Hands out – Hands out

handsout

I hate these heat migraines. I’ve had them since I moved from Oakland. Figures. One hot weather to another, I never learn. Just like the idiots running this outfit. It’s almost ten years to the day since the Watts Riots and we still have the tact of a nightstick to the face. González and McMillan got 86ed the other day near Figueroa. Word on the street is that the Chapules wanted a piece of the action. They all want their crumbs from the American dream. You could walk on their hands, out from their pockets, palms to the skies and eyes to the ground.

This Fairmount ain’t what it used to be, but it’s what Chief Johnson gave us. ‘I’m not pushing back’, I said to Martínez at the desk, because I can’t test my luck anymore. Been licking wounds lately. It’s all about ‘Nam and all the people we lost. All the friends I lost. For what? I ended up in uniform; they’d hate me if they were still alive.

Even my best friend, Kenny, who once said I shone in all the types of red there are, but now he says I’m ‘somewhere grey’. Damn, son, all that LSD makes you drone like a babbling fool, disconnected from reality, repeating all the words several times and having conversations with yourself.

Not a bad taco, this. It beats this stakeout. Why am I here again? I only joined the force to avoid the draft and although I felt like a sellout, I thought the police academy would be a heckuva lot easier than going to boot camp. Craso error, as my gramps would say. Police Academy is just another stupid ‘stagnant re-enactment’ of gym class, only this time, the bullies will be the ones riding shotgun. I did ok must of the time, but I did best on the driving test, with a 1:48 time on the lap. It was one of the best!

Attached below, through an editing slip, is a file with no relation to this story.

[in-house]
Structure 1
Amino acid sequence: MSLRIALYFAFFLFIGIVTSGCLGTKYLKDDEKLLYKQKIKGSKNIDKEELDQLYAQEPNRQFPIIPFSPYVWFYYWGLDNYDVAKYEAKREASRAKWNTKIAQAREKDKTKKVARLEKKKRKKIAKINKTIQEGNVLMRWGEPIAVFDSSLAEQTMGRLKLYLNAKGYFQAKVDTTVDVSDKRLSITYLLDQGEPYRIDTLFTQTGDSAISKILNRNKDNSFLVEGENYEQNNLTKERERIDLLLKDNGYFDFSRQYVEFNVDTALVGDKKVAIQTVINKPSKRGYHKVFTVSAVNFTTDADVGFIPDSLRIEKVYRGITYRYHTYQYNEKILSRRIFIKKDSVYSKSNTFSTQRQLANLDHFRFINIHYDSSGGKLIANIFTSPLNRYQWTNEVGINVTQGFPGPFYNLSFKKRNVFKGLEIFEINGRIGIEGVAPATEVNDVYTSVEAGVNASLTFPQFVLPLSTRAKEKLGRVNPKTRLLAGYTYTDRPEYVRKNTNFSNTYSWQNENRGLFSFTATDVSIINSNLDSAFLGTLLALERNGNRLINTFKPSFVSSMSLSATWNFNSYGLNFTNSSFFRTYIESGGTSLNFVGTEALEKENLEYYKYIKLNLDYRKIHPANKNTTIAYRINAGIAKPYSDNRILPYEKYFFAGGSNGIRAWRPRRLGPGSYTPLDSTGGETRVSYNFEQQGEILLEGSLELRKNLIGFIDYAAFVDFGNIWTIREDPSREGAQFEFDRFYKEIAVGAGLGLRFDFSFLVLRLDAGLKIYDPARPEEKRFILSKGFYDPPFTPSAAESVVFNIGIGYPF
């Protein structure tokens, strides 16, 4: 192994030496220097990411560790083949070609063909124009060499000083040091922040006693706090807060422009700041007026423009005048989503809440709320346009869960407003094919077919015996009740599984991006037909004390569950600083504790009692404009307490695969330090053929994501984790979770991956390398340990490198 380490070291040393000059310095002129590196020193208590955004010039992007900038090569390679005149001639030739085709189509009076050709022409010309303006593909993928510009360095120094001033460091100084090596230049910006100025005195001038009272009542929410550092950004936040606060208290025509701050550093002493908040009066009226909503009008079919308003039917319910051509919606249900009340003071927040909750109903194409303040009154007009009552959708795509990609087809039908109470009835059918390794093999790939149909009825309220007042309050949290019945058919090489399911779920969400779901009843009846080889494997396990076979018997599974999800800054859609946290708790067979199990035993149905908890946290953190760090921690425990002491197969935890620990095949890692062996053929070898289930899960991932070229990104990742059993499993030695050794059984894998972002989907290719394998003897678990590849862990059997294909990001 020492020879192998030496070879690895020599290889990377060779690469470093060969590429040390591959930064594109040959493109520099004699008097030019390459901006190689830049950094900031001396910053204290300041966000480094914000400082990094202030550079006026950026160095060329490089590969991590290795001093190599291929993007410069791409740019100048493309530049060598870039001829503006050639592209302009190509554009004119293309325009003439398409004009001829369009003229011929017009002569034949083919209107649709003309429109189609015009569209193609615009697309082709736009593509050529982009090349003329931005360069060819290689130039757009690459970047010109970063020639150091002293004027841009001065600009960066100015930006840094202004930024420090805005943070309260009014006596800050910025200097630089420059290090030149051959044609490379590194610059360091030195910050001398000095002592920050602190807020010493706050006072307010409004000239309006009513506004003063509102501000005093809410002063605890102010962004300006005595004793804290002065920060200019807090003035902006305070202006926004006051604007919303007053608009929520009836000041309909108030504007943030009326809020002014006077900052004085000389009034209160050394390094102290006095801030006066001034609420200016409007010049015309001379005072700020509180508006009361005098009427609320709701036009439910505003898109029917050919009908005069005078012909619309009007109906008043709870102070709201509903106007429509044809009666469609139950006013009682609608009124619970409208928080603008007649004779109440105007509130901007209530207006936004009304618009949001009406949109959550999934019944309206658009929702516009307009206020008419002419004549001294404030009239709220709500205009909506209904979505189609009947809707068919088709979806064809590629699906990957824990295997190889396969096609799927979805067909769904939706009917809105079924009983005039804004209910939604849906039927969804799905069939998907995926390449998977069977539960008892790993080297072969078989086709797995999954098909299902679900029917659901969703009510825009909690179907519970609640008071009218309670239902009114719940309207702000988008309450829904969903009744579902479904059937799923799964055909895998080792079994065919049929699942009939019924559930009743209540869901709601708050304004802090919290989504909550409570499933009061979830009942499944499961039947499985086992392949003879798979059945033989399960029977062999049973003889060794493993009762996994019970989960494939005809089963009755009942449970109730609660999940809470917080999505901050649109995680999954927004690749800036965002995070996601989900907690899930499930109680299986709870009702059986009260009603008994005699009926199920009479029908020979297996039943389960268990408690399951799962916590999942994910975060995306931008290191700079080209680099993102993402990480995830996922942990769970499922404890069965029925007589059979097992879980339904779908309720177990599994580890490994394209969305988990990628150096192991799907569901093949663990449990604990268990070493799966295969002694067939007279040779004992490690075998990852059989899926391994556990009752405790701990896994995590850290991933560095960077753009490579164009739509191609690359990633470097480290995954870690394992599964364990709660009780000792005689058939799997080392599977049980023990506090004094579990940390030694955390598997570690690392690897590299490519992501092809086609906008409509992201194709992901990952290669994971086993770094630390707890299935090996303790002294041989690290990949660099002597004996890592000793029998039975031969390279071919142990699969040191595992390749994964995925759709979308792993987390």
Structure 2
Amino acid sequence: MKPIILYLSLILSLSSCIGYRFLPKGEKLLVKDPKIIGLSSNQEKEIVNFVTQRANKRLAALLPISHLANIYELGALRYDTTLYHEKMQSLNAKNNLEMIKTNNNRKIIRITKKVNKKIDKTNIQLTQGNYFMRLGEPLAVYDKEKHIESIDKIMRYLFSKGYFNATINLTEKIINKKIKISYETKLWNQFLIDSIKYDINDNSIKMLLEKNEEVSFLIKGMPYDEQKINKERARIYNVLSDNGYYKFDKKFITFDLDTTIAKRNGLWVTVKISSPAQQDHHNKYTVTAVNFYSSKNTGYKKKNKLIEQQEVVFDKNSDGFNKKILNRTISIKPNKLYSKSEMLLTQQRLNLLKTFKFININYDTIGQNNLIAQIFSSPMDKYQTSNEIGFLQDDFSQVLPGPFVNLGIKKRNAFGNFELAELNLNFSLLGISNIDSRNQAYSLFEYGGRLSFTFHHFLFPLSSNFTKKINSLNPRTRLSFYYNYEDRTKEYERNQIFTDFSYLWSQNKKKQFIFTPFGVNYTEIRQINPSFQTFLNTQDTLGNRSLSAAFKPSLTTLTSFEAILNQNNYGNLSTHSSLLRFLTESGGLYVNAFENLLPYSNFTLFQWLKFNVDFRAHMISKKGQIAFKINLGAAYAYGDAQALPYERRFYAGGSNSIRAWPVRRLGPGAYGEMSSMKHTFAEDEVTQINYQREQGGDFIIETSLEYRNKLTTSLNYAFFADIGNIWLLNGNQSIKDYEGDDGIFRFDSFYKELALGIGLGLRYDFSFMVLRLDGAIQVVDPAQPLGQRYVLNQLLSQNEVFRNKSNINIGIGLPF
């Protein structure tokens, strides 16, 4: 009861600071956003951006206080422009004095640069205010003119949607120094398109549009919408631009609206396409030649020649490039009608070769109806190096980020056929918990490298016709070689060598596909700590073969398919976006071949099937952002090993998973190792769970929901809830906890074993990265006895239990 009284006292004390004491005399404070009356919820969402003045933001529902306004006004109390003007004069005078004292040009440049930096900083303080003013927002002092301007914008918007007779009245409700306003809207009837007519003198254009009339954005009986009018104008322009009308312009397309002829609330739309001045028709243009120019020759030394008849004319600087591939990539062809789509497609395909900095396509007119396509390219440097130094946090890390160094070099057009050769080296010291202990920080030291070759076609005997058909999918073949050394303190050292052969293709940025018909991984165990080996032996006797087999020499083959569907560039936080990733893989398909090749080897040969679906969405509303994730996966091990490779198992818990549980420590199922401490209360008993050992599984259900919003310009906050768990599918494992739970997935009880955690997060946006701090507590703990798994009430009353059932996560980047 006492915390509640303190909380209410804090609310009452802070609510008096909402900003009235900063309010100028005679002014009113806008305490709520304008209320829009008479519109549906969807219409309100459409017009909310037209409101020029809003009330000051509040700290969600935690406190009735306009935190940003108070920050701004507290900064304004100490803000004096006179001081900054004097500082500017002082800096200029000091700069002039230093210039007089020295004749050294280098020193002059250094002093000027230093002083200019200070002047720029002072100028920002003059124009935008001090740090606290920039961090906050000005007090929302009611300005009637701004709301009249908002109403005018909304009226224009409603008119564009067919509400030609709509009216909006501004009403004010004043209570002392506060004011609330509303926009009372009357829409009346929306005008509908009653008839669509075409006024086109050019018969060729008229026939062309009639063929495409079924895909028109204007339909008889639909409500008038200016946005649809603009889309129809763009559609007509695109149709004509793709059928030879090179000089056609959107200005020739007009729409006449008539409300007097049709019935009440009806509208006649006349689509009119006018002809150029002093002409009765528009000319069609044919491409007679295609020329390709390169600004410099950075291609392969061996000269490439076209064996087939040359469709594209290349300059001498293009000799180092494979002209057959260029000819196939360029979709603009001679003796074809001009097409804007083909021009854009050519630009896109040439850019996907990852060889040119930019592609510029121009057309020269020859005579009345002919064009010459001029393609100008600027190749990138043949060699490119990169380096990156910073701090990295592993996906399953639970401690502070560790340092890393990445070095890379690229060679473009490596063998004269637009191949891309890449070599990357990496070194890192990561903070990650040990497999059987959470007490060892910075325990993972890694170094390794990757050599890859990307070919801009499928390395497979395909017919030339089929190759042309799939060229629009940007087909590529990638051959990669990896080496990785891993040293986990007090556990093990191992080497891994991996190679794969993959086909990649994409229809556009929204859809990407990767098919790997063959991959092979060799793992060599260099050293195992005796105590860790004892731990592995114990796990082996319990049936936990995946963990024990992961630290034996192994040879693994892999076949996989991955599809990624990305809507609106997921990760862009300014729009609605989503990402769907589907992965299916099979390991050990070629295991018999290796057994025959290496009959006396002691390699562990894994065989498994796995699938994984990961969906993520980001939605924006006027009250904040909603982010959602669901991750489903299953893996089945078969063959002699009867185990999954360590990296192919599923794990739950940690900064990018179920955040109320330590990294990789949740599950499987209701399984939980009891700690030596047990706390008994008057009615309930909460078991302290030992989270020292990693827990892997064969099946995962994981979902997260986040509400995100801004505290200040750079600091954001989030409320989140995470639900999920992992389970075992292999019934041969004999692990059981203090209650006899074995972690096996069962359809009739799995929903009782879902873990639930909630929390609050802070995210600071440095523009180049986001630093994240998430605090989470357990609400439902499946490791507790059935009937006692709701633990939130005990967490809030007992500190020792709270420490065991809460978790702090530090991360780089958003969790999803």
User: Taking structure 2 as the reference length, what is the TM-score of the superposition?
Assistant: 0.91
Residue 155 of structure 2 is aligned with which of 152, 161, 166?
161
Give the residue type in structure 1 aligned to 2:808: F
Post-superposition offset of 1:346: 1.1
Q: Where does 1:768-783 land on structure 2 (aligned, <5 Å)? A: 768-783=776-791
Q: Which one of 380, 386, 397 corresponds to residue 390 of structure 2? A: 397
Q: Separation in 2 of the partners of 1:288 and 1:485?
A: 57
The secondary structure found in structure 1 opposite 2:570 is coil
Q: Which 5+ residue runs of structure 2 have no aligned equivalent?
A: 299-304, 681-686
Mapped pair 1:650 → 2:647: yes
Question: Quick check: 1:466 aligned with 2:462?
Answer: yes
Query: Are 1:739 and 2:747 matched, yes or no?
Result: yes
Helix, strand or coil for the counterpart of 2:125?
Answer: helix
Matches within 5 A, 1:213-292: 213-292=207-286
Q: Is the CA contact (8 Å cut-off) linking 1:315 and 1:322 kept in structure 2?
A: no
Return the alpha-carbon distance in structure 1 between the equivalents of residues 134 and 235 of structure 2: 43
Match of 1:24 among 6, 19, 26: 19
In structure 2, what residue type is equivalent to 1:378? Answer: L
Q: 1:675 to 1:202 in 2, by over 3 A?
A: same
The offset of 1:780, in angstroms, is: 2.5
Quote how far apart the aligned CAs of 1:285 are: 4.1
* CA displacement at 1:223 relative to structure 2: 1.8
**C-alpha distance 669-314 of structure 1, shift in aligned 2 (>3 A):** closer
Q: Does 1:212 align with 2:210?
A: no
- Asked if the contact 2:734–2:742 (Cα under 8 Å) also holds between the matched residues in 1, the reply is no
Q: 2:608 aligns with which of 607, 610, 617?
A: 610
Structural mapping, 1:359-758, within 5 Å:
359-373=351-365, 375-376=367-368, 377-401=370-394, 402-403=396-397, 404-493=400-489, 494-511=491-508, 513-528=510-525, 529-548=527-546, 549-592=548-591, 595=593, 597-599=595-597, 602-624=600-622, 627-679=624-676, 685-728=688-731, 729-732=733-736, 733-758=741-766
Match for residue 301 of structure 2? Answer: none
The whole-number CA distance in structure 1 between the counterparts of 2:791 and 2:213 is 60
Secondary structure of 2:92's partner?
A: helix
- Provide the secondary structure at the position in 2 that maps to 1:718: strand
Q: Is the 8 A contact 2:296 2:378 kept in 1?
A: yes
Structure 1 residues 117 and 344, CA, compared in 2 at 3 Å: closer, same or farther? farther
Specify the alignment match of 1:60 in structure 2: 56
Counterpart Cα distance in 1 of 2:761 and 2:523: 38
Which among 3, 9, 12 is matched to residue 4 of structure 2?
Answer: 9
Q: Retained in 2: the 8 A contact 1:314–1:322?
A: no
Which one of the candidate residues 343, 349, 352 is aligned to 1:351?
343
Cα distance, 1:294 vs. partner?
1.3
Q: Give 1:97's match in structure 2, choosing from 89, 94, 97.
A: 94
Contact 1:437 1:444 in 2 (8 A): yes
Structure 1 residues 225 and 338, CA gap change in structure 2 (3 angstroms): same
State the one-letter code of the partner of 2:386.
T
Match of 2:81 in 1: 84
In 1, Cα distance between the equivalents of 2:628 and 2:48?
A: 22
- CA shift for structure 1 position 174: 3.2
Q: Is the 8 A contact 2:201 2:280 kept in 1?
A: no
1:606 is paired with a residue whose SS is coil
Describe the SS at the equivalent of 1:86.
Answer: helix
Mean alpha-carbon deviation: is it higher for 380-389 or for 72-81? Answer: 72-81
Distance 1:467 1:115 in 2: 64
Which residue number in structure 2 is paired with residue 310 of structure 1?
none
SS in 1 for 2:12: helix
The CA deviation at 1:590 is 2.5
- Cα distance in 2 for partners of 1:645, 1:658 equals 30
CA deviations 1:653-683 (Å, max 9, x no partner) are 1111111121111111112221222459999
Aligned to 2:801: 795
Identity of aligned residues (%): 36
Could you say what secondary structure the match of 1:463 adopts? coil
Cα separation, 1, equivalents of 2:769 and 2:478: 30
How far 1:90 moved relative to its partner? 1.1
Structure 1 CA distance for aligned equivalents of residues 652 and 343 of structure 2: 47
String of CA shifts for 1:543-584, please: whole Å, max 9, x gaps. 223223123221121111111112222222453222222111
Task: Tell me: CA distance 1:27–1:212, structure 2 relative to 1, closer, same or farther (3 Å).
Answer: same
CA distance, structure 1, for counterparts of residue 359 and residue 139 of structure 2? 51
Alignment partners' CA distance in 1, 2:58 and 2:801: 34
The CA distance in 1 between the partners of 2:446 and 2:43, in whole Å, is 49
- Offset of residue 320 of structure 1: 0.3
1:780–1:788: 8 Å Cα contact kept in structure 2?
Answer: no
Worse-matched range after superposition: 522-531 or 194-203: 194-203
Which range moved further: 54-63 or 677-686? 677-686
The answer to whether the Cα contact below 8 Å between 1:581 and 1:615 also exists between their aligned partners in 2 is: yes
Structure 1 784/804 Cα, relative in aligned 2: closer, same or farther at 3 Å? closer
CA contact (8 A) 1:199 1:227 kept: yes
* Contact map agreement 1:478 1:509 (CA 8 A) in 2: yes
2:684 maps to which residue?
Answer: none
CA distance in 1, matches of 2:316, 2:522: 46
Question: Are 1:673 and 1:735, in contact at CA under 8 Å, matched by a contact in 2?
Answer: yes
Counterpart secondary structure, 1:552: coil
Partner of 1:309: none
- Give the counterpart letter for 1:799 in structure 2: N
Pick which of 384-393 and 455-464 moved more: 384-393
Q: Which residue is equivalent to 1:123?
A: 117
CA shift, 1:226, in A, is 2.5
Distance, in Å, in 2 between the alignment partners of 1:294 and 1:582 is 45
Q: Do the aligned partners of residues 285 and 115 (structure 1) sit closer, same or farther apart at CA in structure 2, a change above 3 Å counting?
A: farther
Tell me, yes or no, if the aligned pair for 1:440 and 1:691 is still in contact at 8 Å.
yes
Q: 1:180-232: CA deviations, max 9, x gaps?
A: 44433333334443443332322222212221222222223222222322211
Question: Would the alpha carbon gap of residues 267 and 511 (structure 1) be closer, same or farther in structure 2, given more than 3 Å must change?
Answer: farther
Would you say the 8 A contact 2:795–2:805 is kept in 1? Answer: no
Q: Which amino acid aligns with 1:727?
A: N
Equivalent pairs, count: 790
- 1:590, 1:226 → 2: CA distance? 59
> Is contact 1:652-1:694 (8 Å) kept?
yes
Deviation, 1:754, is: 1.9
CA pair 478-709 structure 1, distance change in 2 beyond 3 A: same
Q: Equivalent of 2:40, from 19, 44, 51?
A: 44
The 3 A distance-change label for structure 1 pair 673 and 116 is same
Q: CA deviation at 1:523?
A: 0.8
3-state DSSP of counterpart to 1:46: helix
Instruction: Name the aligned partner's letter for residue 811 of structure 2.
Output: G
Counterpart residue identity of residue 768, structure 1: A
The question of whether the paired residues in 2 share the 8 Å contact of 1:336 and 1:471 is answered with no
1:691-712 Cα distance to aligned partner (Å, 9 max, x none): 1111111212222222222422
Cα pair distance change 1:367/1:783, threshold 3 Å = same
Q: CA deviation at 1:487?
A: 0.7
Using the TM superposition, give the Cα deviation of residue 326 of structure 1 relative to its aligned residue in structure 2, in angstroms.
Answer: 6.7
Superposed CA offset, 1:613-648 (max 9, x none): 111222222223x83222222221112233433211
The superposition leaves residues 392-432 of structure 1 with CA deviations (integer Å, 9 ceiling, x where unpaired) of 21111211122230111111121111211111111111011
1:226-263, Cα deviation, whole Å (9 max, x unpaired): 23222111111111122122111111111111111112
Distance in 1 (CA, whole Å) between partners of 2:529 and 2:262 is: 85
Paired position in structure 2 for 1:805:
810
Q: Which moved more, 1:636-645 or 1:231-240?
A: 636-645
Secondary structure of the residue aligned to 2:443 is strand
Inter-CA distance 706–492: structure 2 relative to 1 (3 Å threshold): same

Oh, man, gotta stop slapping my own back; I’m working. This neighborhood has seen better times. Not economically, but in a crime basis. It was so bad after the riots that people were scrounging water from wherever they could. The hospital had to deal a lot of people poisoned by ‘firewater drinking’ incidents. Symptoms were similar to LSD overdoses, God knows how much were those people tripping.

It’s hard being a flatfoot in this town, this unforgiving beast. I keep getting told “You don’t know what you’re looking for” but let’s be honest: no one knows. I see a group of people, 7 of them, walking on the street. I don’t want to assume anything of their race, I just don’t want to witness another riot like the one we had when Salazar got killed in ’71. God knows we don’t want that fucking junkie from Rolling Stone around here anymore. Didn’t he die in Cambodia?

One of the guys in the street…he seems to recognize me? By jove…is it? I look through the rearview mirror and I can recognize him, ‘backwards smiling’ and all. It is him. He knows him seeing him, gives me a gang signal and he then slaps his friends on his back.

Fuck! I get the radio and yell to Smith and Schultz: ‘Targets’! We’re ‘targets’!

Two Chapules run towards their car, fire several shots and throw a molotov cocktail. I don’t know when but I’m already out, already firing my shotgun towards them. I blast one and the other one won’t be running too far now. Instead of giving chase, I get to my colleagues’ car. Schultz is dead and Smith is unresponsive.

I’m filling up with rage. I try to revive Smith several times after calling for back up. Dispatch says they’ve got 5 Latinos running towards Immaculate Conception in Grattan Street. ‘I can’t find your pulse’ I whimper to Smith, as I close his eyes.

Two hours gone since the incident and Decker is around with I.A. The meat wagon has taken two cops and one perp. I do have a war of words with Decker, as he is still suspicious of me. It’s a race thing. It will always be a race thing. No matter how fucking hard I try, I’ll never be one in this force and no way will the other side would take me. I get back home at 11 pm, still stinking of ash, gasoline and gunpowder. I slam a couple of Wild Turkeys, throw some water to my face and I look at the bathroom mirror, with the pounding, repetitive question that has been droning in my head since I joined the police: ‘Who’s side are you taking on?’

Tomorrow’s another day.

Words: Sam J. Valdés López.

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